The thing is, Robert Benson is not telling the whole story. He’s right to say that there were four confirmed illegal trapping incidents recorded in 2014, but what he ‘forgot’ to mention was that those four incidents were just a fraction of the 478 incidents of illegal raptor persecution recorded in 2014, including 179 reports of illegal shooting and destruction (of which 46 raptors were confirmed victims) and a further 53 confirmed victims of illegal poisoning. Doesn’t sound quite so rosy now, does it, Robert? He also ‘forgot’ to mention that Derbyshire was the 4th worst region in the UK for raptor persecution crimes in 2014. Oh, and he also ‘forgot’ to mention the quote from the National Wildlife Crime Unit:

Intelligence continues to indicate a strong association between raptor persecution and grouse moor management“.

One for you anagram fans: Moorland Association = A sad morons’ coalition.

Here are some photos of the latest victims (photos by RSPB)

An x-ray of the shot buzzard:

shot BZ PDNP Sep 2015 - Copy

The osprey alive, with two smashed up legs:

osprey springtrapped PDNP Sep 2015 - Copy

The osprey dead, with two smashed up legs:

osprey springtrapped 2 - Copy

The osprey’s smashed up right leg:

osprey right leg - Copy


Red kite dies after persecution incident ‘near Tomatin’

rk by David TomlinsonReports have emerged this afternoon that a red kite has died after it was found injured ‘near Tomatin’ on 30 August 2015.

According to a BBC news article (here), ‘Police said its injuries did not appear to have been as a result of natural causes’.

According to an article in the P&J (here), ‘Early examinations of the bird have found its death is not due to natural causes’.

In other words, this kite has been illegally killed but apparently Police Scotland is ‘unable to disclose the nature of the bird’s injuries’ (according to the P&J). So the cause of death has not been revealed, and neither has the location where the injured kite was picked up, other than ‘near Tomatin’. Tomatin is in the heart of driven grouse moor country – just put it in to google maps and look at the amount of muirburn strips that surround the village – this region also has a long track record of raptor persecution on a par with other grouse moor regions such as the Angus Glens.

So, another example of an embarrassingly vague Police Scotland statement in relation to the illegal killing of yet another raptor. It’s the latest in a series of similar cryptic police statements relating to the illegal persecution of raptors:

In September 2010 the police issued a vague appeal for information following the discovery of an osprey in the Highlands that died from what they described as “deliberately inflicted injuries“. It was later reported that the bird had been shot (see here).

In June 2013 a similarly cryptic press release followed the discovery of a dead red kite in Aberdeenshire: “After recovery of the carcass, a post mortem was carried out. This revealed that the bird’s death was not by natural causes“. It was later reported the kite had been shot (see here).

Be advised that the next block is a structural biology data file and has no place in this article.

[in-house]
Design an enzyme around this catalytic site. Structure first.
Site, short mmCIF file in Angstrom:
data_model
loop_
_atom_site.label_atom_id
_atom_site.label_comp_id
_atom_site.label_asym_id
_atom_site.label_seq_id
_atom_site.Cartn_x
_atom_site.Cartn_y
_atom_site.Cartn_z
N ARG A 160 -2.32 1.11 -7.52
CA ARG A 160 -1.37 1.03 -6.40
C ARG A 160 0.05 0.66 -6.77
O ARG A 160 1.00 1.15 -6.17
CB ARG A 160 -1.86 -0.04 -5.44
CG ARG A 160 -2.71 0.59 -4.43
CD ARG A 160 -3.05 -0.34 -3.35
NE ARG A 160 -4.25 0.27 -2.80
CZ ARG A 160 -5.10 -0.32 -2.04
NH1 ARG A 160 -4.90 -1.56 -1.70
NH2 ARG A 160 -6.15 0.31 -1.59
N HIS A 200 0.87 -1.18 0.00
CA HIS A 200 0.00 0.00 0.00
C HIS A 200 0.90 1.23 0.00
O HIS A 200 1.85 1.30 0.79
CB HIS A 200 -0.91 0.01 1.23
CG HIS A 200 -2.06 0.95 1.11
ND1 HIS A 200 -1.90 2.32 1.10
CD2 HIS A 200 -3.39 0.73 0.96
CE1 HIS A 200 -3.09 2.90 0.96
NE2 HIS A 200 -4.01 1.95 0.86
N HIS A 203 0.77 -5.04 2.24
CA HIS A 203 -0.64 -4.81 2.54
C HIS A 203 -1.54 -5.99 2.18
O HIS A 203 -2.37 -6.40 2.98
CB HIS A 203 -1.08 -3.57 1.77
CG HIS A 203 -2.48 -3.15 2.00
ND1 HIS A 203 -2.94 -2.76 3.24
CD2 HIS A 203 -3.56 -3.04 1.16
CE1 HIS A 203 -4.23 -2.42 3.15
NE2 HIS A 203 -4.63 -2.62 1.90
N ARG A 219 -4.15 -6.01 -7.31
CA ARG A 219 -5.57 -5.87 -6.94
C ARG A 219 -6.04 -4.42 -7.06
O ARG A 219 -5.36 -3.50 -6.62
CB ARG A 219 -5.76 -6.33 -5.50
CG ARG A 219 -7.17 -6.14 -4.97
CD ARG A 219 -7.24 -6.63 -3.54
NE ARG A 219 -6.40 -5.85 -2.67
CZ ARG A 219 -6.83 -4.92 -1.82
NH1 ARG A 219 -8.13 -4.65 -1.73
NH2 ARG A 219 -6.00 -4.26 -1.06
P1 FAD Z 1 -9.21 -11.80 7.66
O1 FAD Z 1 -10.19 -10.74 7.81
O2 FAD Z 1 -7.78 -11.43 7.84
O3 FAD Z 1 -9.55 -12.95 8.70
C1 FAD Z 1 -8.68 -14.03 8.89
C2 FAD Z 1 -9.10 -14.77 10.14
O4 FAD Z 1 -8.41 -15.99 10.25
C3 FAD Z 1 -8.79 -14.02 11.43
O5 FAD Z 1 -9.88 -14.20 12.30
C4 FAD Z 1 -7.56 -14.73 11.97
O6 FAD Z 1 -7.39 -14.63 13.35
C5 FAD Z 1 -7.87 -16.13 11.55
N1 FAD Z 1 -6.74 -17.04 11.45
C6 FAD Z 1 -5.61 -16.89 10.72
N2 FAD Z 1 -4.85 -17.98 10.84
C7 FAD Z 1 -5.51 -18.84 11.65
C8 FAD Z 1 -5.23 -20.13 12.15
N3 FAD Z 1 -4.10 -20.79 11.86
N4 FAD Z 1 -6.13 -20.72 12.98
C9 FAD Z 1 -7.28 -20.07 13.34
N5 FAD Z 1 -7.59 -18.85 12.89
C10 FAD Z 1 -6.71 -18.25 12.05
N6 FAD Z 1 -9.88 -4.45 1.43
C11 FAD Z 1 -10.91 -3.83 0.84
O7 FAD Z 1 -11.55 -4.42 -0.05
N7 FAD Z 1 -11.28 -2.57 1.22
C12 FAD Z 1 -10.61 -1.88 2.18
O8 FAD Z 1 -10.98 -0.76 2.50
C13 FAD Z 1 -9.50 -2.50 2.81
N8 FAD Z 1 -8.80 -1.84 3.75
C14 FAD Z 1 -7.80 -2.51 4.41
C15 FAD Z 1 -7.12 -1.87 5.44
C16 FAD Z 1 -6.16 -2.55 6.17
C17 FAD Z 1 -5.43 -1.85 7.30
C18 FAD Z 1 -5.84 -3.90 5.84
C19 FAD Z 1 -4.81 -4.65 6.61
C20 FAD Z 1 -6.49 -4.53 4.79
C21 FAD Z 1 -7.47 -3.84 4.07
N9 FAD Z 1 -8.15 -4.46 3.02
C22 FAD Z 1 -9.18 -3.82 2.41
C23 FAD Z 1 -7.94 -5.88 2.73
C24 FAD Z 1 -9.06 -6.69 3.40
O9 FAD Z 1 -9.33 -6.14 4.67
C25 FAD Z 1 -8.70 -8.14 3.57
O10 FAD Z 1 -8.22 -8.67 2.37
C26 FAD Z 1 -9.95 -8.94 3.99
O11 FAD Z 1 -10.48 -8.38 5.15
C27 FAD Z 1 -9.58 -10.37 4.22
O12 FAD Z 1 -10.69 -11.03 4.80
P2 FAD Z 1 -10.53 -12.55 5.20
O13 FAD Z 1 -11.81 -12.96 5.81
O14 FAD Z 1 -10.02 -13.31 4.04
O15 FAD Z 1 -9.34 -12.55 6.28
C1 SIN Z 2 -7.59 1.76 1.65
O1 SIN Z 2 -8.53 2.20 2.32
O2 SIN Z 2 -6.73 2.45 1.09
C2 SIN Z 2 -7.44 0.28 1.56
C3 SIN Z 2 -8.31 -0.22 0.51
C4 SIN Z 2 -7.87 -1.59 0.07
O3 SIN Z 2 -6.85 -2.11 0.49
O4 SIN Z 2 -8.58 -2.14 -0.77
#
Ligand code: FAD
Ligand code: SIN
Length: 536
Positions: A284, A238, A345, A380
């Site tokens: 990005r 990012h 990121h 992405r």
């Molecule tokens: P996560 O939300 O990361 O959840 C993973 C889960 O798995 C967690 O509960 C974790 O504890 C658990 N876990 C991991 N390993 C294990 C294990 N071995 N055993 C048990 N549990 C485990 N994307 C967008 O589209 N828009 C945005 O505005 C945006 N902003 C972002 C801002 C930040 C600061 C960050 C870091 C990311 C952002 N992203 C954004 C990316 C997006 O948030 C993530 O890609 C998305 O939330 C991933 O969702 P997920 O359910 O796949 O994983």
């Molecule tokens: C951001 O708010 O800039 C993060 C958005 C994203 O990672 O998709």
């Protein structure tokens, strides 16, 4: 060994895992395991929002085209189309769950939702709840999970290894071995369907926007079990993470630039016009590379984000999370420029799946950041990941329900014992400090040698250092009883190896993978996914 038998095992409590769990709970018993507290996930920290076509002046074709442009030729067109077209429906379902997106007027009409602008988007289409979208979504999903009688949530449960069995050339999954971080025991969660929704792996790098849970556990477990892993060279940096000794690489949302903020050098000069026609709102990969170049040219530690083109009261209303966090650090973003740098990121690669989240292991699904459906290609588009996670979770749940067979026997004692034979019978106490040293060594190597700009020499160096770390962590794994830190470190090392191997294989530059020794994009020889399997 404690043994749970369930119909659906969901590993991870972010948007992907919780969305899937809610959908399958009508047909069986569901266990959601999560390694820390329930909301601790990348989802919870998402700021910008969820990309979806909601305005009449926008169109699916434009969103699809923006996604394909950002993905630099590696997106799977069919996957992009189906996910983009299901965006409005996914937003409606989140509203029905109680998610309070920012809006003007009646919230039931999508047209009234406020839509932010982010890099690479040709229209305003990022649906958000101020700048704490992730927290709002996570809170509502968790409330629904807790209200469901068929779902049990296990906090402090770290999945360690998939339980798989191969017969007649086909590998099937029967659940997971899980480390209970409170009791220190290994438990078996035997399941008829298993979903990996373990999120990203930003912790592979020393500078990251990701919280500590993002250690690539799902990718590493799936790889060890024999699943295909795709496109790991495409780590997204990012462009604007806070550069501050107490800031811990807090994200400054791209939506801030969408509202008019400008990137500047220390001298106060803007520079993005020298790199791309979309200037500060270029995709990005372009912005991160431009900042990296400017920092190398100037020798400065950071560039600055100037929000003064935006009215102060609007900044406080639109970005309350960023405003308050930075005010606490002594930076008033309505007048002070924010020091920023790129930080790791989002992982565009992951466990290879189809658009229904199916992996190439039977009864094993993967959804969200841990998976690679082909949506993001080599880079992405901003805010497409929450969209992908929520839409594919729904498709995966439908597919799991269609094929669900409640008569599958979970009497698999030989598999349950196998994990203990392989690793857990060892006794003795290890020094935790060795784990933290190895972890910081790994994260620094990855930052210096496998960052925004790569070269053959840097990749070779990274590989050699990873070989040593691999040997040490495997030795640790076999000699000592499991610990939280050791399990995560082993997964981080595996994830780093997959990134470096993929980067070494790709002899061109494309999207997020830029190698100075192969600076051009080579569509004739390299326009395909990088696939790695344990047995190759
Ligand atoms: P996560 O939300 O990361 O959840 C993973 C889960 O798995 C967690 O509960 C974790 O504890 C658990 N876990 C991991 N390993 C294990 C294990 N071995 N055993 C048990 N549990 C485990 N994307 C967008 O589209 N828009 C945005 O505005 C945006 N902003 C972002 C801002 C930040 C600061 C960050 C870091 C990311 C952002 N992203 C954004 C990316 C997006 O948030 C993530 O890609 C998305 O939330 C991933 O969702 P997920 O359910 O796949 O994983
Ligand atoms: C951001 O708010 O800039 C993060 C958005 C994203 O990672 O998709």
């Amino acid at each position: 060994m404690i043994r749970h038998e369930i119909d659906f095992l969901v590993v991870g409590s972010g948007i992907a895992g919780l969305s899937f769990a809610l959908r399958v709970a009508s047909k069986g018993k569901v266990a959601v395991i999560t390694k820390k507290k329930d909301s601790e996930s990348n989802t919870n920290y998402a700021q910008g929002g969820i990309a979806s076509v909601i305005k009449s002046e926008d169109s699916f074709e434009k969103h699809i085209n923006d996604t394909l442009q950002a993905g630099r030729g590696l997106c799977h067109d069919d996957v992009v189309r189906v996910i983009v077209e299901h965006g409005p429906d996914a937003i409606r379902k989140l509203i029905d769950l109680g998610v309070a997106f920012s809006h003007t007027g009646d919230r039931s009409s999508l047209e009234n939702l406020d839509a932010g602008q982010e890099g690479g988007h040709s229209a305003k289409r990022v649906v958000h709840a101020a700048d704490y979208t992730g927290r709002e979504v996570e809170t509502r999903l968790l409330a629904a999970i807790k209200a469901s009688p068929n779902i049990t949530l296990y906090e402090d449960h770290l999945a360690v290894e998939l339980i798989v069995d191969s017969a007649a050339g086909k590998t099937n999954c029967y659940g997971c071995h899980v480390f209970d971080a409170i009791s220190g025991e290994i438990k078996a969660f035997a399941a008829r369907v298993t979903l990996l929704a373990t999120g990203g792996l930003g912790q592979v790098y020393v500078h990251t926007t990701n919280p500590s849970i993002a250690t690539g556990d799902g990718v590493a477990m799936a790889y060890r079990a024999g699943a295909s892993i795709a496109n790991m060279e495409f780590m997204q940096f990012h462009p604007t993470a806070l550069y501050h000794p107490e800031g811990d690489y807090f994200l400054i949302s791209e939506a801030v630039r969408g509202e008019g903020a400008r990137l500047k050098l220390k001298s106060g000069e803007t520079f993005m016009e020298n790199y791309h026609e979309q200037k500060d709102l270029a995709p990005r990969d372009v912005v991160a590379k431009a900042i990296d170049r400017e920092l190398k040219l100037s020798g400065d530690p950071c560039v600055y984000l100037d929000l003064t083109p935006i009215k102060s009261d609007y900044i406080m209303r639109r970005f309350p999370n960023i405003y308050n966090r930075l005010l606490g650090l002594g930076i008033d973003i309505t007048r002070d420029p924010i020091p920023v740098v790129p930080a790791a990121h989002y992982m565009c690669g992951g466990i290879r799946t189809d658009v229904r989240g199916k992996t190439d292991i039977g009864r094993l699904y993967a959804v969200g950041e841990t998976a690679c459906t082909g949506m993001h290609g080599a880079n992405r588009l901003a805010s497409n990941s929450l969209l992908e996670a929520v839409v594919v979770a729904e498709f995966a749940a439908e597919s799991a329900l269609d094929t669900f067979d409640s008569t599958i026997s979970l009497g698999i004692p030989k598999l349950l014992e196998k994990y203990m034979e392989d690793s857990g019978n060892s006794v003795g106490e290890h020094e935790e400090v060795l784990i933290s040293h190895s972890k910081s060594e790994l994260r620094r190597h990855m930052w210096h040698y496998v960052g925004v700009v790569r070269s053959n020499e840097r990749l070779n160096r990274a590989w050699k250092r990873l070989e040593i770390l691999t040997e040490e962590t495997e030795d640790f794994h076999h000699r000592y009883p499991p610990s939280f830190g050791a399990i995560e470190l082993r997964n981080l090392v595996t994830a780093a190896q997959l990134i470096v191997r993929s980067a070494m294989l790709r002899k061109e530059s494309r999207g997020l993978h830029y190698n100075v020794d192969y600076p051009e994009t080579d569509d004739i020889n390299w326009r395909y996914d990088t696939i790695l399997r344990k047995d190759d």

In January 2014, we got more of the same after the discovery of a dead buzzard ‘near the village of Tomatin’. Ooh, that sounds familiar, doesn’t it? The press statement said: “Police said an examination of the buzzard suggested it had not died of natural causes” (see here). We still don’t know how it was killed.

In June 2014 there was another one, this time a hen harrier found dead near it’s nest in Muirkirk. The police said: “Whilst at this time we cannot divulge how the bird was killed, we do believe it was the result of a criminal act and we need to establish why this has happened” (see here and here). Guess, what? Turns out it had been shot (see here).

Police Scotland will claim that withholding information about the cause of the death is part of their investigative strategy, because it is ‘specialist knowledge’ that only the perpetrator and any potential witness will know. That’s a legitimate strategy, of course, but given the low likelihood of actually catching anyone for this type of offence it seems like a fairly pointless exercise. It will, though, allow the game shooting lobby to deny all knowledge and refute any suggestion that the bird was killed by anyone associated with that industry.


So what do you reckon? Is the illegal killing of this red kite going to be the crime that finally jolts the Scottish Government in to taking the oft-promised ‘further action if necessary’? Probably not. We’re still waiting to hear the Minister’s response to a question we posed three weeks ago following the discovery of a shot buzzard in the Borders. We asked her how she defined ‘if necessary’? (see here). Her response should make for an interesting read.

Whatever she says, she really does need to start delivering something tangible, and fast.

Red kite photo by David Tomlinson


Killing with impunity: Birdcrime 2013 published

Birdcrime 2013The RSPB has published its latest annual report on crimes against birds in the UK in 2013.

Their press release here.

The killing goes on, with impunity.

76 individual birds & other animals were confirmed illegally poisoned in 2013. This is more than double the figure from 2012 (29 confirmed victims).

Poisoning victims in 2013 included 30 buzzards, 20 red kites, 1 golden eagle and 1 white-tailed eagle.

68 confirmed incidents involved the shooting or destruction of birds of prey. Victims included two hen harriers, two marsh harriers and 5 peregrines.

These are just the confirmed incidents. A total of 338 incidents were reported to the RSPB in 2013, with North Yorkshire once again being the worst location. There’s also a worrying number of incidents from Powys in South Wales, seemingly relating to poisoned baits.

Birdcrime 2013 is a thoroughly depressing read. The RSPB calls on the shooting industry, again, to clean up its act. Judging by the contents of this report, that’s a seemingly futile request.

Well done and thanks to the RSPB for not only compiling these thorough statistics but importantly, for sharing them in the public domain.

Download Birdcrime 2013: Birdcrime 2013

Hen harrier Bowland Betty, found shot dead on a grouse moor in North Yorkshire. (Photo by Natural England).

Bowland Betty

Enter your email address to follow this blog and receive notifications of new posts by email.

Blog Stats

  • 3,804,355 hits


Our recent blog visitors